Voiceless Statement

DISCLAIMER: “Voiceless Statement” is a work of fiction that I wrote a few years back. It’s not quite a story, really; more of an emotional deliberation than anything else.  However, the subject that this piece deals with was in my thoughts several times today, so I decided to post it here.

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“Hey.  We haven’t talked in a while, huh?”

That’s how I start.  That’s what I say.  My strained words dangle in the cool air like little fishhooks in a caliginous ocean.   It’s a lost cause.  Within moments, these hopeful little words have faded away — a testament to the crippling insufficiency of verbal language.

Of course — as one would expect — there’s no response.  Crematoriums don’t talk back.  But I try, anyway.  I try because in this case, there’s no grave.  No tomb.  Nothing but a newspaper clipping and memories.

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There’s no place quite so dismal as the crematorium where a loved one was once incinerated.  It’s a location that chokes you up in emotion–then immediately stifles that emotion, grabbing you by the throat and shaking it out of you until you forget why you even visited.  I haven’t been here since the funeral.

I’m standing outside the building like, well…like someone who’s afraid to go inside.  I stand there, looking, looking, looking…I look away.  I turn my back.  I shake my head, discouraged.

Again, I have to remind myself that crematoriums don’t talk back.  Of course they don’t talk back.  What am I, stupid?  A charmingly cold New England breeze ripples through me; I zip up my jacket, pretending to be warmer than I am.  I’m exceedingly distraught.  Confused.  Again, I’m utterly unsure of why I even came here.   I walk around for a bit, debating my next action.  After a few minutes, I return to my previous position; despite all of my walking, despite all of my wandering about and debating the possibilities, I still seem to always come back to where I was in the beginning.  A circle isn’t truly a circle if it breaks.

But am I a circle?  Or has the circle been broken?

“Okay, okay,” I say, forcing a smile.  “I’m here.  I’m here, and I’m going to say hello.  Hello.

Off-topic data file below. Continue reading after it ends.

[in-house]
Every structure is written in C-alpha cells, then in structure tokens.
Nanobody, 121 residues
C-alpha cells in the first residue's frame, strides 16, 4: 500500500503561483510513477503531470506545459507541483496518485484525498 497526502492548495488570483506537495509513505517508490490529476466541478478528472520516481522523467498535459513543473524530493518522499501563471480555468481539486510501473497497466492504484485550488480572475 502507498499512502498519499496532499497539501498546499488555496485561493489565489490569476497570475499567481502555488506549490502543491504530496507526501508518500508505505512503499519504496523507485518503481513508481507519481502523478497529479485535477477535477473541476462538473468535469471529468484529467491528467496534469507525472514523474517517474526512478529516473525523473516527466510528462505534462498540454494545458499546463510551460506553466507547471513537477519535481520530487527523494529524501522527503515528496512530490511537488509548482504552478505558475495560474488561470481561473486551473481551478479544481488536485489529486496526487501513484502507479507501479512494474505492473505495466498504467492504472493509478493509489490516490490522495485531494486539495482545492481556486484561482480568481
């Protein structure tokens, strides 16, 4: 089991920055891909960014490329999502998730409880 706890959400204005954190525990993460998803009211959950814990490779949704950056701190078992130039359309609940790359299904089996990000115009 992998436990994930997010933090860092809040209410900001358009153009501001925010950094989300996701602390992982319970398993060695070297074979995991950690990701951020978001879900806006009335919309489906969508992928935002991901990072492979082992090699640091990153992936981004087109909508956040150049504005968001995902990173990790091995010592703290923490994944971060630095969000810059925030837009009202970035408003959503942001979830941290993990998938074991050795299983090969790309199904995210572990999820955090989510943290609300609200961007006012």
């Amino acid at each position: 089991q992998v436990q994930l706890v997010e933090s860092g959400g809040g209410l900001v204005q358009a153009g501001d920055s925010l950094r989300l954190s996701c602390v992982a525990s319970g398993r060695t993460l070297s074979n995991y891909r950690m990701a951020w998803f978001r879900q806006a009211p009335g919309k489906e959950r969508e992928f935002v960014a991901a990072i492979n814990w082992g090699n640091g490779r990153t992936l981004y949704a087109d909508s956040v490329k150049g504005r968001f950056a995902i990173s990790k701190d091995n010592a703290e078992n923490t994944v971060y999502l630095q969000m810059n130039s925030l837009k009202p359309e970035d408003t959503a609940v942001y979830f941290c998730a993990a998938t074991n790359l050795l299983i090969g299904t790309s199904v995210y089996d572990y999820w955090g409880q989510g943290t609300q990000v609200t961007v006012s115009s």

Hello?  I re-examine the open door of the crematorium.  I meant to bring flowers, but I forgot.  No, that’s a lie.  A complete lie.  I’m pretending to myself that I forgot flowers, flowers which I actually didn’t get because the idea of bringing them felt silly.  Who am I trying to fool?  Myself?

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“I’m sorry.”  I shake my head.  “I don’t know what to say.”

I stare at the building.  It stares back at me.  I childishly dig my foot into the ground, resisting the urge to walk away.  I turn to face the overcast skies above, with another forced smile.

“Nasty weather, huh?” I say, wistfully. “You’d hate it if you could see it.”

My heart yearns to blabber, but my mouth doesn’t want to find the words.  I can’t find the words.

I sit down on the wet grass, crossing my legs.  The water soaks right into my jeans, but it’s too late to fix that; once you’re wet, you’re wet.  You can’t magically become dry.

Childhood seems so far away, so distant, so remote. I spent so many years anticipating the plunge into adulthood that I forgot to hold my breath.  Now it’s just…surreal.  In my mind, I’m secretly still eight years old, you know?  I’m just pulling a big hoax on everybody, anxiously waiting for the moment when everyone finds out I’m really just a little kid wearing an oversized tuxedo.

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That’s what death does to a kid.  It rushes everything.  Death slams you, all at once, with the maturity and strength you normally would’ve developed over many years, at an incomparably harsh price.

I take a deep breath.  I came here to say something, didn’t I?   I came here to make a point.  To spill my guts. It’s time to spill my guts.

“I still miss you.” I say. “And I…I love you.  I love you.”

It’s been over a year — and yet, my tear ducts never seem to quite dry up.  But you know what?  No matter what, I still smile.  I still laugh at the memories.  I still grin at the photo albums.  But I’m not the same person I was before.  I can never be the same person again.

They say that time heals all wounds.  Okay, sure.  Fair enough.  No matter what pain a person experiences, happiness will return.  So yes, the wounds heal.  They do.  They really do.

But whoever created that phrase forgot to mention one part – one very important part.  Even when the wounds finally heal, the scars remain forever.  But you know what?  Maybe…

Maybe that’s okay.

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-Nicholas Conley

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